First off, you'll need a full file-system style image of an iOS device to dive into these. You'll find the notifications under the path:
Inside this folder, each application that generates notification is then listed by its BundleID as seen here:
Inside each folder, there may or may not be several property list files listed out by different categories. The files that tend to contain the most relevant data in my experience are the DeliveredNotifications.plist file, the AttachmentList.plist file and the Attachments folder.
Okay. Time for the bad news. These property list files are NSKeyedArchiver style plist files. Yuck. If you've never dealt with these plist files before I recommend checking out Sarah Edward's blog about them here: https://www.mac4n6.com/blog/2016/1/1/manual-analysis-of-nskeyedarchiver-formatted-plist-files-a-review-of-the-new-os-x-1011-recent-items?rq=nskeyed. I'll wait.
Super annoying, right?! Anyway, I'm going to slightly cheat here. The awesome developers over at Magnet Forensics cooked up a tool that allows me to flatten these property list files into something a little bit more manageable. They're still pretty terrible to deal with though so I'll try to keep this at a several thousand foot view instead of getting deep into the weeds.
I'm going to start with the Delivered Notifications file. In this case, I'll be looking at the one for the Skype for Business app because it's chat data that I had laying around in my phone. To start, each DeliveredNotifications.plist contains a set of keys that will talk about the notification can do on the device. This will include information such as if the the notification should ignore DnD, if it should play a sound, if it should ignore the ringer switch, display on CarPlay, and some date/time information including when the notification was generated.
I'm going to focus on two keys listed about. Keys  and  which reference the AppNotificationMessage and the AppNotificationCreationDate. Once you can map out each notification within the file, we can start to find the data about the notification.
In the screenshot above, you can see some information such as key  which is the actual message display text. In this case, it's a message from someone who wants me to call them. The key  references a time which after some manual validation showed that this is when the notification was delivered to the phone.
Each notification is going to look at little different potentially but follow the same pattern that is laid out in the plist.
Moving to a different app, let's look at AttachmentList.plist and the Attachments folder. In this example from my Amazon app on my phone, you can see some attachments that are listed out for the notifications. I'm starting with the DeliveredNotifications.plist again for this app.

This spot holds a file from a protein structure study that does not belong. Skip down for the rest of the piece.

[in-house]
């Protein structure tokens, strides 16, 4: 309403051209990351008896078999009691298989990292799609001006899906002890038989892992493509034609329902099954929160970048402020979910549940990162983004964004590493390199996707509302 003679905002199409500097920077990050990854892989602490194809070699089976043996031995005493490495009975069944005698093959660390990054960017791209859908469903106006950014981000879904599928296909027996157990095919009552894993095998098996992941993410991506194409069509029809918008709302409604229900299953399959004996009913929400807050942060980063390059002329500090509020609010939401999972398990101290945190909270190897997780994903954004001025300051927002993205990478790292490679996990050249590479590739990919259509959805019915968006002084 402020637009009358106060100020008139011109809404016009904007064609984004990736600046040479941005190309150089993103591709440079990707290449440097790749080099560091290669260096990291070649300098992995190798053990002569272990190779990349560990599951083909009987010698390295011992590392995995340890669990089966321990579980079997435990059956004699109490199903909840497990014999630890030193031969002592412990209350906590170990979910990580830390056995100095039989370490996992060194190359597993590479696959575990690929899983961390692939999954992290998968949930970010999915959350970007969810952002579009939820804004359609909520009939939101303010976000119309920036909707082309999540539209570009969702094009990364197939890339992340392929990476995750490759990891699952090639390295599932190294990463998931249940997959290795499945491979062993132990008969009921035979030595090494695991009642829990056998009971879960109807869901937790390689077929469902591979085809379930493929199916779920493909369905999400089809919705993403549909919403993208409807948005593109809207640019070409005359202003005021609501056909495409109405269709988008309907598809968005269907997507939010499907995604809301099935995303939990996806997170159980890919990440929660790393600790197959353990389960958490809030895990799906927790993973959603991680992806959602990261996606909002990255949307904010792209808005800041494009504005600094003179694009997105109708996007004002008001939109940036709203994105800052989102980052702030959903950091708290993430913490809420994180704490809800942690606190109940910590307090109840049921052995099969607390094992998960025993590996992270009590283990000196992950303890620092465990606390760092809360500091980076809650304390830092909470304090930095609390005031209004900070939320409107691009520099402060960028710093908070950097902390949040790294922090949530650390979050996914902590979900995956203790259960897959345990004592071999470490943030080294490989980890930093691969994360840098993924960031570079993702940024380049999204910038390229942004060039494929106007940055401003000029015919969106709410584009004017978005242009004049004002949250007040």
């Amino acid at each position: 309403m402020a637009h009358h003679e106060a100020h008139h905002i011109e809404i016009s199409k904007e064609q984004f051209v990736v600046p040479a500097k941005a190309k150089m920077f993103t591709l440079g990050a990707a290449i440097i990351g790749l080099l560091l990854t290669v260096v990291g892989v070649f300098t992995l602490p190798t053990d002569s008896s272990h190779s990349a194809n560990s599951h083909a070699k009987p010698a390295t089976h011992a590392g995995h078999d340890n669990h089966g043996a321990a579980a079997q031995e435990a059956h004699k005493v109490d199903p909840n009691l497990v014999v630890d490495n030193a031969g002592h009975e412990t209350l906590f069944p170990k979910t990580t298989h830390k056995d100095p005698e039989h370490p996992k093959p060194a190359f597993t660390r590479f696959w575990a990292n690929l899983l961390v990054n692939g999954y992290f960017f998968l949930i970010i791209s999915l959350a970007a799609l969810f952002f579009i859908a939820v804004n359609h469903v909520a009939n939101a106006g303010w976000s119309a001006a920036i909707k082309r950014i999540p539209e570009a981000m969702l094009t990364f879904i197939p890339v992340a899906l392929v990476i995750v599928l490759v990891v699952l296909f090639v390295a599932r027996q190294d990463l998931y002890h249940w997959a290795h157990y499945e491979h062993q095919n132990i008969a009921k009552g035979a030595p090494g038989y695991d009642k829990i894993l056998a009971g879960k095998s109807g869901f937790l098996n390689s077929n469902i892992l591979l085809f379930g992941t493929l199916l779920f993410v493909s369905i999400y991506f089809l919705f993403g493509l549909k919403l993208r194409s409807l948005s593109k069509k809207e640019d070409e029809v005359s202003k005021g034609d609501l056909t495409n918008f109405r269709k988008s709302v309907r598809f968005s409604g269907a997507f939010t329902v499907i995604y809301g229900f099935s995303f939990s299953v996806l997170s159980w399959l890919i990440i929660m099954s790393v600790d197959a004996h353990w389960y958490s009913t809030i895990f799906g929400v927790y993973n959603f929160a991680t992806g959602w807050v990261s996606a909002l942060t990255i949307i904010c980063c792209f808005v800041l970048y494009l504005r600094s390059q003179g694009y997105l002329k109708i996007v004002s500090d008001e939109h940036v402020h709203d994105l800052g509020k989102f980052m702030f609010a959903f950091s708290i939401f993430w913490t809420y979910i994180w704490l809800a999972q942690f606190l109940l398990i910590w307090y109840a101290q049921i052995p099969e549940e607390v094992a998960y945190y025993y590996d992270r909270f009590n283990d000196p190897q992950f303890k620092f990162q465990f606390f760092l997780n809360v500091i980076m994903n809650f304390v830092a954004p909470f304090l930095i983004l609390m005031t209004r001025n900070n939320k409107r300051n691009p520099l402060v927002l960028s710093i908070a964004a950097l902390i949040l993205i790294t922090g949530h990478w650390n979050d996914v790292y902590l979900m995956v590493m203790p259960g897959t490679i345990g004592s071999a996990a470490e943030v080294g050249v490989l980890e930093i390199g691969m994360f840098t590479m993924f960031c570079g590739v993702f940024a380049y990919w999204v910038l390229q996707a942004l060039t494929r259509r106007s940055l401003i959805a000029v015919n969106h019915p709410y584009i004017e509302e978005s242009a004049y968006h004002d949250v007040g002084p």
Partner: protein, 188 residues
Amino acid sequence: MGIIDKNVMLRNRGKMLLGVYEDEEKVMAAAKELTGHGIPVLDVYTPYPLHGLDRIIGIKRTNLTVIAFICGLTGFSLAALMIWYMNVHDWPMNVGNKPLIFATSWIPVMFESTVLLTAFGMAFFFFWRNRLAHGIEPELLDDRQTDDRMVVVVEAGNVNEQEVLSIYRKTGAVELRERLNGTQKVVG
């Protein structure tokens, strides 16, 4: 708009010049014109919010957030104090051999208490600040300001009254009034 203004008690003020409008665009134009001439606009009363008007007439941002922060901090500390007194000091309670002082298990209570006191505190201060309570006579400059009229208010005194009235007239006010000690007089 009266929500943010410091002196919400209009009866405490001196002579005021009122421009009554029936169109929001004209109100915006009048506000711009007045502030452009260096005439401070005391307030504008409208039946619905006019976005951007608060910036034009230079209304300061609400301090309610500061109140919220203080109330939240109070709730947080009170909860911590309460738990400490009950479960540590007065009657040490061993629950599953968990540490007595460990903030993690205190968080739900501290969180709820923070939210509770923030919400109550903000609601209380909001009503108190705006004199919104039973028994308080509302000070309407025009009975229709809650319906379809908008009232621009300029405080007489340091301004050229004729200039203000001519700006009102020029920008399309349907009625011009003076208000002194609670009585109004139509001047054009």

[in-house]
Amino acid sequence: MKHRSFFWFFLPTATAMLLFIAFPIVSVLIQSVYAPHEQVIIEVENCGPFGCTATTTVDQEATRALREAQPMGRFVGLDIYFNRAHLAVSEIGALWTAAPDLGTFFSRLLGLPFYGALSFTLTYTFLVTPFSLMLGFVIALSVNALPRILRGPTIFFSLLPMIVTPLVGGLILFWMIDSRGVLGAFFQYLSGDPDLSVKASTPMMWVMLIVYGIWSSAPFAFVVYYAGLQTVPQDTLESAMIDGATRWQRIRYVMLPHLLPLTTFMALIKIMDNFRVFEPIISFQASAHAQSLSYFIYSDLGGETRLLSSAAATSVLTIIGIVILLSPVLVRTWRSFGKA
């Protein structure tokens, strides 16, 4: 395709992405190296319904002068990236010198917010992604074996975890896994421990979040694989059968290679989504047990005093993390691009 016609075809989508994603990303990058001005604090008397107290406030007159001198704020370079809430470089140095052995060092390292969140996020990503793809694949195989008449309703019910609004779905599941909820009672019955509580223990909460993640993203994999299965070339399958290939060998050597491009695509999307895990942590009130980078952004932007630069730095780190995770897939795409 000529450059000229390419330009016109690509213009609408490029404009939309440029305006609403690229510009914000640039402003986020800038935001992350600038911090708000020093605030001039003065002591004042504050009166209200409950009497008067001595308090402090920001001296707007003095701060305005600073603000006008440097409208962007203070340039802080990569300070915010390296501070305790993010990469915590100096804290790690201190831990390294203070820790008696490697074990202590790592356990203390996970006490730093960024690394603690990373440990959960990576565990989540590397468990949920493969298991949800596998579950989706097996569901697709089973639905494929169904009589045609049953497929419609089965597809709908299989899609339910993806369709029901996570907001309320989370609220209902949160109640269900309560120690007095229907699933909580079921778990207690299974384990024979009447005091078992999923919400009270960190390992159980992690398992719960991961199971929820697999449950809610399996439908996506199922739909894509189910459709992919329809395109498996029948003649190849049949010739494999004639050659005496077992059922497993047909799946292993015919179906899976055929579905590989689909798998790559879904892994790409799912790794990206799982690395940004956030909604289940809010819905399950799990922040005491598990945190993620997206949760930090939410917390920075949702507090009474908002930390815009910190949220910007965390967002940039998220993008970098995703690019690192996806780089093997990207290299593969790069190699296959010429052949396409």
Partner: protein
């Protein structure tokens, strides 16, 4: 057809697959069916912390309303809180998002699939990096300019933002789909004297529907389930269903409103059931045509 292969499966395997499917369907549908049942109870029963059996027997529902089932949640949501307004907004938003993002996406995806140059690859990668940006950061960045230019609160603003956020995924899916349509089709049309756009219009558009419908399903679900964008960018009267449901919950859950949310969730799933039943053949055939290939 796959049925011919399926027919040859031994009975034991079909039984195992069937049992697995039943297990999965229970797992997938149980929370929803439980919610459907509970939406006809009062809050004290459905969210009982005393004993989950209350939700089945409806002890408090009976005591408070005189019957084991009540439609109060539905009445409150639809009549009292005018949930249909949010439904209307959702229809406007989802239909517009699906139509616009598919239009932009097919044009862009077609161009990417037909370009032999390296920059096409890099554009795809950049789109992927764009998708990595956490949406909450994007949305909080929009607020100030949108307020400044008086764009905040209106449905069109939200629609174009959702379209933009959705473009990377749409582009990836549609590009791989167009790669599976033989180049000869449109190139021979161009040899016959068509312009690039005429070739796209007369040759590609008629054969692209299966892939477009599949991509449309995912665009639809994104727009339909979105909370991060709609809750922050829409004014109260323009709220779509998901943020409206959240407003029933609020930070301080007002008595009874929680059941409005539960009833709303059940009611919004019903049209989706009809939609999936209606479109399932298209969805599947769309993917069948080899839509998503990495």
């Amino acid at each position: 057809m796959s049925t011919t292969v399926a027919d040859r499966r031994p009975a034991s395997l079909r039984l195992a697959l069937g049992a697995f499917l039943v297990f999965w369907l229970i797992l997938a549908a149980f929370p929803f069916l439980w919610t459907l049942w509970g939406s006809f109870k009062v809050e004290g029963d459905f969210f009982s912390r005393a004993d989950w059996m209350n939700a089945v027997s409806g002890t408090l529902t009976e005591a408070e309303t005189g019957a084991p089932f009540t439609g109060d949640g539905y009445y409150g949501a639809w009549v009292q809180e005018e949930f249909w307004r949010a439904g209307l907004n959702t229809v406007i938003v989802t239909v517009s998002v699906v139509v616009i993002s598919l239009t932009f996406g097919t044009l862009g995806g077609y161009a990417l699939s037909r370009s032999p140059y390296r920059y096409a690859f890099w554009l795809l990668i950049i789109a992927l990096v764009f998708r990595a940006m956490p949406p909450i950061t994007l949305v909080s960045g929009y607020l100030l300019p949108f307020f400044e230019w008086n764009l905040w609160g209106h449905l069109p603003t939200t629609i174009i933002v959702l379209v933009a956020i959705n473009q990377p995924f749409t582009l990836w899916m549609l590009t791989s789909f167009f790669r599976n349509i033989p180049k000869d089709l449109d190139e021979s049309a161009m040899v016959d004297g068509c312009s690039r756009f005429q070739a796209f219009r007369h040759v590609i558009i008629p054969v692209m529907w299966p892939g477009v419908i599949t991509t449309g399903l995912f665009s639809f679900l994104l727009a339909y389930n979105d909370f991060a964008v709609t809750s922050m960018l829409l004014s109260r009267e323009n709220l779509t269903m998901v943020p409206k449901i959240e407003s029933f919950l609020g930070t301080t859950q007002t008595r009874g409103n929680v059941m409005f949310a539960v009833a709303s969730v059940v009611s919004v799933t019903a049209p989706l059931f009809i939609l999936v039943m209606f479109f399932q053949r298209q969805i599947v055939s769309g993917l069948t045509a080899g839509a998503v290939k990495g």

In the upper screenshot you can see the delivered notification text and a timestamp. Below you'll get a listing to the attachment that's part of the notification.
The AttachmentList.plist also lists out all of the attachments you can find in the Attachments folder. Not entirely sure why they're listed again, but they're there.
Inside the attachment folder, we can use that file:/// path to find the actual file involved.
After showing some of this to Alexis Brignoni (https://abrignoni.blogspot.com) he was able to come up with a great parser that can pull out some really relevant information from these data points into a great Triage report. I'll let him cover the ins and outs of how its used but I'll show some of the info we were able to pull out here.
In the two examples attached we have the Instagram app's notifications and some Gmail notification data.
Here you can see a user tagged me in a post. Instagram is letting me know that I've been mentioned. This notification includes the person who tagged me, lets me know it was a "mentioned_comment," has time/date values, and even the linked path to the attachment of the photo that was posted to the service online and locally on my device.
Next for Gmail:
In this one, a user "email@example.com" received an email about other Google Maps features they shouldn't be missing out on. Thanks for the info Google!
Alexis' tool allows us to strip out a lot of the data from these Plist files quickly and even hide some of the extra rows. You can check out his blog post on it here: https://abrignoni.blogspot.com/2019/08/ios-12-notifications-triage-parser.html and go grab the tool from his Github here: https://github.com/abrignoni/iOS-Notifications-Parser
The more I did into this the more I find there's some data that we're missing here. Not all services seem to be populating into this area. For example, I had a notification from an iMessage sitting on the screen which doesn't show up anywhere. There are also some PendingNotification.plist files that I haven't found much on yet but I'm hoping can lead us to some other notifications.
Hopefully this info is helpful to someone out there, and a big thanks to Alexis for running with this and being way more programmatically inclined than I am to work us all up a tool to use!